one of the most well-known scenes from the movie
Today JBug and I went to the South Coast Performing Arts Center to see My Fair Lady. It is one of our favorite movies, and classic Audrey Hepburn. Honestly, I didn't have high hopes, simply because how do you improve upon Audrey Hepburn and Rex Harrison? But a friend had tickets for a song, and the price was right, so off we went.
I had hoped to take pictures of JBug in front of the Hall, but I forgot my camera, unfortunately. She was happy anyway, because she doesn't like pictures. Given a choice, I believe she would never take another again: I think she is worried the camera will steal her soul or some such. I want her to pose for pictures. They are my only insurance that she had a happy childhood! I have to have some defense when she tells her therapist as an adult how awful I was! I wasn't awful, remember, we saw Wicked! Yeah, ok, no pictures, but I have a picture of you getting the tickets for Christmas! And remember, we saw My Fair Lady the summer that you graduated from the Eighth grade! HOW can you say that you hate me?? That's what I'll say years from now.
The cast we saw was the London revival and honestly, it was some of the best set design I have ever seen. The lighting was spectacular, and I never notice that kind of thing. But at one point, in Professor Higgin's darkened home, he opens the curtains off to the side and the spot looks like a paned window with sun shining in. It was very impressive, truly. The sets were all mechanized, but moved so fluidly that it wasn't obvious when they were changing. There was no dark time, the sets were smoothly transitioned at the end of songs, so that the next scene was ready. Seamless and the effect appeared to be effortless.
Lisa O' Hare, the actress who played Eliza was wonderful. She managed to take a role that Audrey Hepburn epitomized and make it her own. This Eliza was strong, and resolute. Christopher Cazenove, best known as Ben Carrington from the 80's hit Dynasty played Henry. He was also very good, though I do believe he was channeling Rex Harrison. His intonations were absolutely uncanny, and at times I had to remind myself this was not Rex Harrison playing the part. He performed well, but I found myself wanting a bit more from him. What did he bring to the role? I wanted to see his take on Henry Higgins, not his take on Rex Harrison as Higgins.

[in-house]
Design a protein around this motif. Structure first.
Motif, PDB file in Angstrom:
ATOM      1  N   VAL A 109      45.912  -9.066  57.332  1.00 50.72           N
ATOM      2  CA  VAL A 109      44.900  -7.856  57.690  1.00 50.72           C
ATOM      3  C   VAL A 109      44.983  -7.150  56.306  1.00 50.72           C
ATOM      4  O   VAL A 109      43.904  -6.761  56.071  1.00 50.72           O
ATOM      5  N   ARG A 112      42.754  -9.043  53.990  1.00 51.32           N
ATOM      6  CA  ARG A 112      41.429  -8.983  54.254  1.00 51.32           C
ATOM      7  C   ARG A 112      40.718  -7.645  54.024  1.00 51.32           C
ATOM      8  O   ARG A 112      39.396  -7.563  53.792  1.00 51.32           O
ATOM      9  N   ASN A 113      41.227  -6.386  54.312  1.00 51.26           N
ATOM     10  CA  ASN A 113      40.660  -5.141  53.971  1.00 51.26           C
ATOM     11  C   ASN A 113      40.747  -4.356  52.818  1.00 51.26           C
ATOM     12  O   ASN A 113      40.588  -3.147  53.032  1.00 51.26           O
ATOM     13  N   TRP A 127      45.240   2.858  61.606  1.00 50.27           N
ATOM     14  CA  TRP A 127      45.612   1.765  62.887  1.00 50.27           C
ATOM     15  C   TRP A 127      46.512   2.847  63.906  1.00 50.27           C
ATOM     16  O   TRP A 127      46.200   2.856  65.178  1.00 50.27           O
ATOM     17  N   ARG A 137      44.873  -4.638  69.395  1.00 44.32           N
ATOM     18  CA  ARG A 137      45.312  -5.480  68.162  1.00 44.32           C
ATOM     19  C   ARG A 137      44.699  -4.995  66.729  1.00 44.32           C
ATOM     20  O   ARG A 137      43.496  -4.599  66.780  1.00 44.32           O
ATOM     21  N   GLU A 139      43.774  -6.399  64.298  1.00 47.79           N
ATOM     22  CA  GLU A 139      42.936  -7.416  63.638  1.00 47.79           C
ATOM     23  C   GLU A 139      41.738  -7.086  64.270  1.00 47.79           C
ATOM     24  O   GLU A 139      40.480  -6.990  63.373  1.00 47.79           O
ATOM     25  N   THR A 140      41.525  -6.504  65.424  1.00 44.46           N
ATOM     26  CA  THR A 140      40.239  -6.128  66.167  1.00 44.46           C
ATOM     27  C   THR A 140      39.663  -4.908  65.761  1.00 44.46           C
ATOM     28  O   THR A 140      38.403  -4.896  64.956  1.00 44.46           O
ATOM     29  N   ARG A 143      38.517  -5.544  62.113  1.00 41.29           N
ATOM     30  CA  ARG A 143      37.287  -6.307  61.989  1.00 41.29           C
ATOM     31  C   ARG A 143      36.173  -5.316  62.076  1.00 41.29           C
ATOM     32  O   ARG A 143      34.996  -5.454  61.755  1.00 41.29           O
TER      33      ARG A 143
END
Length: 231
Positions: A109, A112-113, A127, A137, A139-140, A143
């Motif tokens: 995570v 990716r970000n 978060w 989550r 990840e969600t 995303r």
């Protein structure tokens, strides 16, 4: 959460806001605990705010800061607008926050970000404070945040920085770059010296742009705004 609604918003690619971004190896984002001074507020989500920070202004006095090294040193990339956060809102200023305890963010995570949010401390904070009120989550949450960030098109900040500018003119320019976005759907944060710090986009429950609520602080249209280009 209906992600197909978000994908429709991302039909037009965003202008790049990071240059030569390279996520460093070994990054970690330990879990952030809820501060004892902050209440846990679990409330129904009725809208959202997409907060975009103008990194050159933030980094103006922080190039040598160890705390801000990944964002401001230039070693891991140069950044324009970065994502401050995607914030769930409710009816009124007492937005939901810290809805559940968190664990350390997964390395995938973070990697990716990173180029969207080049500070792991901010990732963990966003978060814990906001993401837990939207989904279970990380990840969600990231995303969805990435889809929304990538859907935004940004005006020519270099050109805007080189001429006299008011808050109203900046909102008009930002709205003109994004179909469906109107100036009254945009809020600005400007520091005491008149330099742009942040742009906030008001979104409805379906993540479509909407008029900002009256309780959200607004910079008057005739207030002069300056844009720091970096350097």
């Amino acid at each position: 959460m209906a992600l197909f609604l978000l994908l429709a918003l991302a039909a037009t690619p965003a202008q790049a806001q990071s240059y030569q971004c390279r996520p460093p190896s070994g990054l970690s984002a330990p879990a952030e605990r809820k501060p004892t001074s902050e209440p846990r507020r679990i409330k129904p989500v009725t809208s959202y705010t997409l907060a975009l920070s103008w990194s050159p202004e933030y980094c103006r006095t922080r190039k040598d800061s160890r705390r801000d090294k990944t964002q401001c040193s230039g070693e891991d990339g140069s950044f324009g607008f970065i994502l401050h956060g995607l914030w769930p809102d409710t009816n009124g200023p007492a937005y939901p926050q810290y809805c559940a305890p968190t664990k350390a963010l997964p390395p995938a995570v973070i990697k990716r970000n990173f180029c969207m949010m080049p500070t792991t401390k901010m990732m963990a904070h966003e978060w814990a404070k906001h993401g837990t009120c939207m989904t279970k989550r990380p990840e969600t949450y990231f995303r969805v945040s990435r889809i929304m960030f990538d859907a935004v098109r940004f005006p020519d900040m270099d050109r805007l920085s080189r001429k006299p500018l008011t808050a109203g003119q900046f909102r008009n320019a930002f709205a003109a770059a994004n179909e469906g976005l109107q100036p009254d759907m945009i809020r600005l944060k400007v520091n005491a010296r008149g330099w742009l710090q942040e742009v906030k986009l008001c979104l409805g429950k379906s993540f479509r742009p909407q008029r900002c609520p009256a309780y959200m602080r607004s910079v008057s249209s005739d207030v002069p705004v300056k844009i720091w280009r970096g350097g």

Higgins' mother and Eliza's father were stand outs, in my opinion. Eliza's father has the most boisterous role in the show, and he worked it out. Henry's mother was also very good, and a character one would do well to befriend.
The only time I scratched my head was during the song "A Little Bit of Luck." All of the musical numbers were staged and choreographed well,and they should have been, since the choreography and staging was done by two-time Tony Award winner Matthew Bourne, currently known for his work on Mary Poppins. It was directed by Trevor Nunn, himself a recipient of four Tonys. However during "With a Little Bit of Luck", there was an ill-conceived Stomp-type performance with trash can lids in the middle. It wasn't terrible, just distracting. It was an attempt to update a show that is timeless, and was wholly unnecessary in my opinion.
All in all, it was a very entertaining play, and I would recommend it. JBug liked it very much, but then, she always likes the theatre. Now that I know there is an educational program with discounted tickets, I will have to plan ahead for next year. Even with traffic home an HOUR when it is supposed to take 20 minutes it was worth it. We noticed that in September "Legally Blonde" is coming to the theatre. I am sure we will have to see that one, too.
T, who is a closet Broadway musical fiend